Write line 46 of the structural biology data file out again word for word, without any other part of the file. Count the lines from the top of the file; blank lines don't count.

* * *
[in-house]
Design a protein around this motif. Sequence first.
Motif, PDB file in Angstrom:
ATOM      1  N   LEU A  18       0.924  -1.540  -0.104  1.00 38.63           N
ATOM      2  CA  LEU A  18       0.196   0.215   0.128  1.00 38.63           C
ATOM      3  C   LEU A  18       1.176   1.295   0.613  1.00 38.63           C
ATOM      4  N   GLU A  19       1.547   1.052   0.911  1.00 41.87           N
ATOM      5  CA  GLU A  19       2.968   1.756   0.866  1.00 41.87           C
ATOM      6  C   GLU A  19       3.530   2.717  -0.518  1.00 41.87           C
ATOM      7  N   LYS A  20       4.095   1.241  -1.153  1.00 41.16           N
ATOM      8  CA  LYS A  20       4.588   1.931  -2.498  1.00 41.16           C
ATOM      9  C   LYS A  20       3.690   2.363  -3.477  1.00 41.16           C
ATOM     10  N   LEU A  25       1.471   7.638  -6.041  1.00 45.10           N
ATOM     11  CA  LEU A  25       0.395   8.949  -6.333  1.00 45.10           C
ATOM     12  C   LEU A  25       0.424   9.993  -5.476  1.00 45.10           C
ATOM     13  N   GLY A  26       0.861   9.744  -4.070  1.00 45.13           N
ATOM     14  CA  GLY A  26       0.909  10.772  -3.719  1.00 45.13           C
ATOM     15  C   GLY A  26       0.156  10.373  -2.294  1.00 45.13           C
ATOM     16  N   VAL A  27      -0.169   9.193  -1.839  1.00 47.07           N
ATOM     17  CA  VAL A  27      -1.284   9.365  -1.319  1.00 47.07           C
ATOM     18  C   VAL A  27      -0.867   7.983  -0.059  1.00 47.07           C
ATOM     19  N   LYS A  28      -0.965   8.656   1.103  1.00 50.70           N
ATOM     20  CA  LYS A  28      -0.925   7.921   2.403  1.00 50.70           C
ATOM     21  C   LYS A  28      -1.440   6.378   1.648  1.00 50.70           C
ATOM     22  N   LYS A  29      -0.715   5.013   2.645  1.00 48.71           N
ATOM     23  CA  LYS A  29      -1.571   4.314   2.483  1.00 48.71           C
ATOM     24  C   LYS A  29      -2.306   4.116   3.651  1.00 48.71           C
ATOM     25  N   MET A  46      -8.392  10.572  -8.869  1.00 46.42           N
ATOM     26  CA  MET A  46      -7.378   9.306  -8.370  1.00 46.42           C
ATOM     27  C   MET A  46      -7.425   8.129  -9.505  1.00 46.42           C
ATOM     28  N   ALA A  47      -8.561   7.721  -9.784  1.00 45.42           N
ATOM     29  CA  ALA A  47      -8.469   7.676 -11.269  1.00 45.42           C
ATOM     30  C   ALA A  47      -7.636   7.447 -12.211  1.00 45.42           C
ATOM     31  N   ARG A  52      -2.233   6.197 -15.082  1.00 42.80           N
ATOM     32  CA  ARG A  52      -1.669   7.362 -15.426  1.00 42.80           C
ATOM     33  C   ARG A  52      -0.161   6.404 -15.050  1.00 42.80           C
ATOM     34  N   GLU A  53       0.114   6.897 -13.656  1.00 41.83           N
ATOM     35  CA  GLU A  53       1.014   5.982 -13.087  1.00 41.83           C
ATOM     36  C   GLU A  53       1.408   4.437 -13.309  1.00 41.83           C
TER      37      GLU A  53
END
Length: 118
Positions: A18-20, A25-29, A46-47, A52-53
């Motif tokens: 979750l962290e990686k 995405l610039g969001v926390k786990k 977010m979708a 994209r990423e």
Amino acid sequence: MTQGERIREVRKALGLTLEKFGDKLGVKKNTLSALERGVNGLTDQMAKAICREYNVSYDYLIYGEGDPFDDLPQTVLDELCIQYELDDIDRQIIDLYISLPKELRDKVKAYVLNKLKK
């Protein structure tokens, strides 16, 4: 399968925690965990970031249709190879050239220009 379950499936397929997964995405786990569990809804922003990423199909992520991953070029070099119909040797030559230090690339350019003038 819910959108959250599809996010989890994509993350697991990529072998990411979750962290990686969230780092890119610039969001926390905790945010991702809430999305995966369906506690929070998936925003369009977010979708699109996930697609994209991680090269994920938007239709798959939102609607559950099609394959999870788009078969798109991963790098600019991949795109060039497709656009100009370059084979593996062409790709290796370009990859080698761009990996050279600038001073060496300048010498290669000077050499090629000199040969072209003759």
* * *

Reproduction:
């Protein structure tokens, strides 16, 4: 399968925690965990970031249709190879050239220009 379950499936397929997964995405786990569990809804922003990423199909992520991953070029070099119909040797030559230090690339350019003038 819910959108959250599809996010989890994509993350697991990529072998990411979750962290990686969230780092890119610039969001926390905790945010991702809430999305995966369906506690929070998936925003369009977010979708699109996930697609994209991680090269994920938007239709798959939102609607559950099609394959999870788009078969798109991963790098600019991949795109060039497709656009100009370059084979593996062409790709290796370009990859080698761009990996050279600038001073060496300048010498290669000077050499090629000199040969072209003759």